By: Julie Weaver, LPC

Now that summer vacations are over and kids are back in school, fall is beginning, we start to think, ”When is the next vacation?” OK, so maybe that’s just me. Then I have the thought that Holidays will be just around the corner before we know it.

Well, this often brings us to the in-law thoughts. Maybe that’s just me too. There are no perfect in-laws. If you have some, please tell me where you got them, I did not think they existed! Don’t take me wrong though, my in-laws have some very redeeming qualities, but things just not always go perfect. But in reality we are really not all so perfect ourselves, are we? OK, so seriously, here are the questions that run through my head:

Where will the gatherings be? Will there be arguments over where it will be held? Who will get to have the holiday date specifically and who will be pushed to another day? Then my mind races on to “Will things go well?” Will I get things perfect this time?

And all the tenseness of the holidays is quickly back in my memory. We can push the thoughts away, but we will have to go back to holiday planning eventually. So how can we handle all the questions that build up in our minds?

Quick thoughts to ease the tension:

-Things do not have to be perfect.

-You do not have to have it all figured out today.

-You do not have to be the one to make all the decisions.

-Not all occasions have to be traditional/ formal every year?

I don’t know about you, but I don’t like the unknown. That is most likely my biggest anxiety producer for me. So, I like to think of possible situations and some contingency plans in advance. Let’s face it guys; I want a back-up plan. So, some things I want to be sure of. Maybe you do too.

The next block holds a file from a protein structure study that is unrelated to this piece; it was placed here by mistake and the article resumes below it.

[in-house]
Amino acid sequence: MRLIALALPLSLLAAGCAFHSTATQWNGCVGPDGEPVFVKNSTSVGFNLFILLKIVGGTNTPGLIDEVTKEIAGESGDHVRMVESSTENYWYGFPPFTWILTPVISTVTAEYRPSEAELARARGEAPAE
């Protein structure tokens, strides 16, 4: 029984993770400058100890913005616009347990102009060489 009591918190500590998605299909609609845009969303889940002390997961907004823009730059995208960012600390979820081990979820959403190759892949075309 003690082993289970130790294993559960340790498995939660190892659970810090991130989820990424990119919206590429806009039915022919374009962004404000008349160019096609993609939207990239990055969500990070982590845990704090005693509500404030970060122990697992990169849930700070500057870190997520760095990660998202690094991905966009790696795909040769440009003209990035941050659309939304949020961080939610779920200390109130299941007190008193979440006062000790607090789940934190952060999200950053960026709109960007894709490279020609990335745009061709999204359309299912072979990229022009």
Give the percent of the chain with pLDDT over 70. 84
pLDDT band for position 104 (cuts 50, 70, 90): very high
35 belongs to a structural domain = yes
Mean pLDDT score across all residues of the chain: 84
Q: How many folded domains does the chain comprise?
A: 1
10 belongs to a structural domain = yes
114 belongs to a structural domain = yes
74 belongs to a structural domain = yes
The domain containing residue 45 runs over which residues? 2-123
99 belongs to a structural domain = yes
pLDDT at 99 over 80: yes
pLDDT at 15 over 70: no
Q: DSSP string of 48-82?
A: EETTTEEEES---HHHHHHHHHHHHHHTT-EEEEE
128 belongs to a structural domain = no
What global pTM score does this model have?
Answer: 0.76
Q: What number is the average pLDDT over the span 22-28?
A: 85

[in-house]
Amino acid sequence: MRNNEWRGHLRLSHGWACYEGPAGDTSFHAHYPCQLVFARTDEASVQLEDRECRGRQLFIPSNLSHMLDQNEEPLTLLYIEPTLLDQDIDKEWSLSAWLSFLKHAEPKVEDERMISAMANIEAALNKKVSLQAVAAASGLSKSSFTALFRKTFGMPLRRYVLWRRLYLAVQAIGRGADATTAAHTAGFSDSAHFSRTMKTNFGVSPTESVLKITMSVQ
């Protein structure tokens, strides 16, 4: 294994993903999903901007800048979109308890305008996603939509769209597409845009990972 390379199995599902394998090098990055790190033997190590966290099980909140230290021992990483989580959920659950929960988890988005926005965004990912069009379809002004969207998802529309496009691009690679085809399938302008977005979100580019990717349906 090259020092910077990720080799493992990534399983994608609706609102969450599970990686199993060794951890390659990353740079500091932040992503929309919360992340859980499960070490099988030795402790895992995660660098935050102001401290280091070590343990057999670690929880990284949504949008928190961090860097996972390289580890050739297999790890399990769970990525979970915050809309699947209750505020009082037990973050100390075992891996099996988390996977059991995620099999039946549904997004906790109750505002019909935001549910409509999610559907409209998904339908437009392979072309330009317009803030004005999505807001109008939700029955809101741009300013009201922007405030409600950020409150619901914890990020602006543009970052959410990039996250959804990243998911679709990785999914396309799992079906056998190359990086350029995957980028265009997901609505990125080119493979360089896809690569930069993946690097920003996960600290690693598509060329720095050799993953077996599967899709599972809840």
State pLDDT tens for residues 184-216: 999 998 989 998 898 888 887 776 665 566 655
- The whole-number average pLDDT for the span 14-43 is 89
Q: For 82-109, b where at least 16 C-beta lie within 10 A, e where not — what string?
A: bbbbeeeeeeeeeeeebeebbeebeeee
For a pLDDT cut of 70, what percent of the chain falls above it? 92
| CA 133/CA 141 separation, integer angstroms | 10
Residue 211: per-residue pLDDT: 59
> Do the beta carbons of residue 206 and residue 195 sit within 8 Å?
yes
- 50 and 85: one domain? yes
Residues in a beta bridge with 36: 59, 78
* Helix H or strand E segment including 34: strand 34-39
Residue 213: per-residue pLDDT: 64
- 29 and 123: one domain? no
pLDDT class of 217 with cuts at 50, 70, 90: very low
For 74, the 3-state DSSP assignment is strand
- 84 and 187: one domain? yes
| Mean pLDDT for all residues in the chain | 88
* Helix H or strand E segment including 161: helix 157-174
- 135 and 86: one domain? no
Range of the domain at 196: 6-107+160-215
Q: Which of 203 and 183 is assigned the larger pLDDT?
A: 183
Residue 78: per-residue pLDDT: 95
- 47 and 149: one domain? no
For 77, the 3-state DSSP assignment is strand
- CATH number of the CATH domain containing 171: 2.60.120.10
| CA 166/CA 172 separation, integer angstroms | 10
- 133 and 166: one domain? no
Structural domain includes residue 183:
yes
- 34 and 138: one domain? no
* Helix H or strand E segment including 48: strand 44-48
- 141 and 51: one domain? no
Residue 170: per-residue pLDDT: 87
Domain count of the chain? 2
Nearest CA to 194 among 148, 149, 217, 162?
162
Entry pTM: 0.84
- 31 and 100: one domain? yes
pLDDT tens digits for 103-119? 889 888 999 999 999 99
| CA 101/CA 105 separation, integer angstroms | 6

Three questions to have solidified before making any call extended family to discuss holidays.

  1. What I would really like. (optimally)
  2. What I won’t agree to (absolutely)
  3. What I could live with (negotiable)

Some ideas that could change the face of holidays:

  • Try to negotiate on who to spend each holiday with, i.e., Thanksgiving with your parents, Christmas with your in laws.
  • Remember too that if you children you may want to have a special time just with your children to create some special memories and traditions of your own. Parents remember what that is like and hopefully will want to support that for you as well.

Now on to some suggestions for a better relationship with in laws:

  • Think of something in advance that you appreciate about them and remember to tell them when you meet with them or even when you call to make plans.

For example, “I love that potato casserole you make, do you think you could bring that for Thanksgiving dinner?” “I love that you give the children your undivided attention when they talk to you. That’s one thing that makes you an extra special grandparent. “

Think of some of this in advance (be prepared) and then also look for things you appreciate when you are with them as well.

  • Be sincere. Don’t use complements you do not mean. You want them to be sincere with you so set the example you want.
  • Don’t be brutally honest. There will be imperfect things about them, just as with you, but we don’t need to always discuss those, especially at holidays when things may already be tense.
  • Include them in as much of the planning as you can. But remember the three questions so you don’t offer a choice you have decided you cannot live with.
  • Give them the same grace you should give yourself. Things do not have to be perfect.
  • Remember to have fun.

 

For literature about relationships with in-laws, our counselor recommends books from this list.